Every bit of flare and fancy at Fine & Rare harkens back to Old New York, from the midcentury-style Chesterfield sofas to the Art Deco wallpaper to the vintage teller windows sourced from the nearby Grand Central Terminal. Set on a quiet street near the Morgan Library & Museum, this sophisticated spirits den from Tommy Tardie, proprietor of the whiskey-forward Flatiron Room, oozes retro glam beyond the tufted leather banquettes and oversize fireplace—we’re talking live jazz acts crooning onstage and a $15,000 bottle of whiskey on the menu. It could all seem gauche in 2017, but if you’ve been wanting to feel like a magnate of yore, this is your spot.
ORDER THIS: Novel takes on classic cocktails include the Choose Your Own Smoke old-fashioned ($20), which comes with a choice of a rye or rum base that’s then smoked with either hickory, applewood, mesquite or cherrywood. The resulting elixir is a fireplace-scented quaff with just enough sweetness (a swipe of fig jam for the rum version, a sprinkling of demerara sugar for the rye) to lighten the smog. For something more youthful, the gin-based Forever Young ($15) has all of the fresh virtues of pressed juice, with mango puree and cucumber and lime juices working to make a tart, fruity cocktail that graciously doesn’t fall into saccharine territory.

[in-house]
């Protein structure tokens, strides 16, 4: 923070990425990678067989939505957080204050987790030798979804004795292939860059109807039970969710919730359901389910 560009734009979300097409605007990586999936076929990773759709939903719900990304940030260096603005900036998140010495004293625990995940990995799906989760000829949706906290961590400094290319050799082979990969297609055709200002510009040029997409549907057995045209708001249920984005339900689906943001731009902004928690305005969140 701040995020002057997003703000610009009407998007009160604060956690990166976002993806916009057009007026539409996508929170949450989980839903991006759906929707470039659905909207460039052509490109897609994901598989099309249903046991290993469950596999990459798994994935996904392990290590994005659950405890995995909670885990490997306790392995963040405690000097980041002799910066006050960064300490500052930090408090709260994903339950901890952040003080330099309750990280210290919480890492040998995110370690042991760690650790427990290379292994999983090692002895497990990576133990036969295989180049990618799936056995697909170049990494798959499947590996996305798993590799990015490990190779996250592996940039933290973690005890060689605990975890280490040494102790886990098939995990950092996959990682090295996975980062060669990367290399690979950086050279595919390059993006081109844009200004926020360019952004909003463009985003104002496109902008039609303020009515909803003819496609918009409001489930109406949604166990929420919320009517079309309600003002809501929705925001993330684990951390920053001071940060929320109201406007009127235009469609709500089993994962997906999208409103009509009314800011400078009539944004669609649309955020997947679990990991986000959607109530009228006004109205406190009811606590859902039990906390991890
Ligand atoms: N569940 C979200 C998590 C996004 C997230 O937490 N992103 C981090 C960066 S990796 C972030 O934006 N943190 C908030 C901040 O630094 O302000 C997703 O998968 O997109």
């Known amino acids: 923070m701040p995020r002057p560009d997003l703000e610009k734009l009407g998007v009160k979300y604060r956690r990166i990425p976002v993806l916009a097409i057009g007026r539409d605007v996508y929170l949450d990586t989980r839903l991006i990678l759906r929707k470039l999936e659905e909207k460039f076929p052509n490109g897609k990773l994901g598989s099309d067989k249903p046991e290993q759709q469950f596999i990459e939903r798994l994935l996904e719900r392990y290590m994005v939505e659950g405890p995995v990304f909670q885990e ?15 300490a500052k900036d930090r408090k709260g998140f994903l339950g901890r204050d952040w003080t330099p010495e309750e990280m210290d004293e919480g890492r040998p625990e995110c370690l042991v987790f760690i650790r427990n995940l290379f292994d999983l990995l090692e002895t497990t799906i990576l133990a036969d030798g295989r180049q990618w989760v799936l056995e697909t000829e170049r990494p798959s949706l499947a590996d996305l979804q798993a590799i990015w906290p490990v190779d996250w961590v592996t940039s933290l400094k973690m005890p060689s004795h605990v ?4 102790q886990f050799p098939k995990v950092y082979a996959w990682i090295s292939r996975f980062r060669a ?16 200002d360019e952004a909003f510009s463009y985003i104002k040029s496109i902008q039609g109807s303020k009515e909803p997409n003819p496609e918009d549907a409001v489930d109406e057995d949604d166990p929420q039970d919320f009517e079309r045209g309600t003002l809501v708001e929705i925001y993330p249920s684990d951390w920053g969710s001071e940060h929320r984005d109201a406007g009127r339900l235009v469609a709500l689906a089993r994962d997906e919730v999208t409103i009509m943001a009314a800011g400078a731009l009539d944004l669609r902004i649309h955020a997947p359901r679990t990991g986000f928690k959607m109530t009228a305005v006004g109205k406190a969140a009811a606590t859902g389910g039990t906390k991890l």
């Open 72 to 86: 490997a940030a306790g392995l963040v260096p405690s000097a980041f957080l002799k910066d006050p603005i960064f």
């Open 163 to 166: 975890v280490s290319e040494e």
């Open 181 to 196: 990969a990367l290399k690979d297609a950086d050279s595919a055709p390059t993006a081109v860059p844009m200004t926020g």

GOOD FOR: Rare-liquor geeks. That bar name doesn’t lie; the drinks list highlights pricey, hard-to-find bottles like a 1966 Glenfarclas ($102 for a one-ounce pour, $3,267 for the whole shebang) or 1978 Glenmorangie Pride ($481 per pour, $15,401 per bottle). Accessible via library-style rolling ladders, those bottles are housed in liquor lockers above the bar as part of a bottle-keep program à la its sister spot, the Flatiron Room: Bargoers can buy a full bottle of nearly any spirit on the menu and have it stored in one of the cubbies for future use.
THE CLINCHER: Live jazz, no cover? Suh-weet. Every night, throwback bands take to the stage—a spiral-ribbed bandstand lit up by LED colored lights—from 5:30 to 8:30pm and 9pm to midnight, crooning a playlist that pulls from the 1930s, ’40s and ’50s. Tap your toe to Frank Sinatra’s “I’ll Be Seeing You” or Carol Channing’s “Diamonds Are a Girl’s Best Friend” while tucking into small plates like burrata with blood orange and pistachio ($14) and tuna sashimi with pickled sea beans and watermelon radish ($18). Really looking to impress that someone special? A seafood tower for two, stocked with fresh oysters, briny clams and lobster claws, is a decent deal at $68. You may not have the bank account of a baller, but at Fine & Rare, you can act like you do.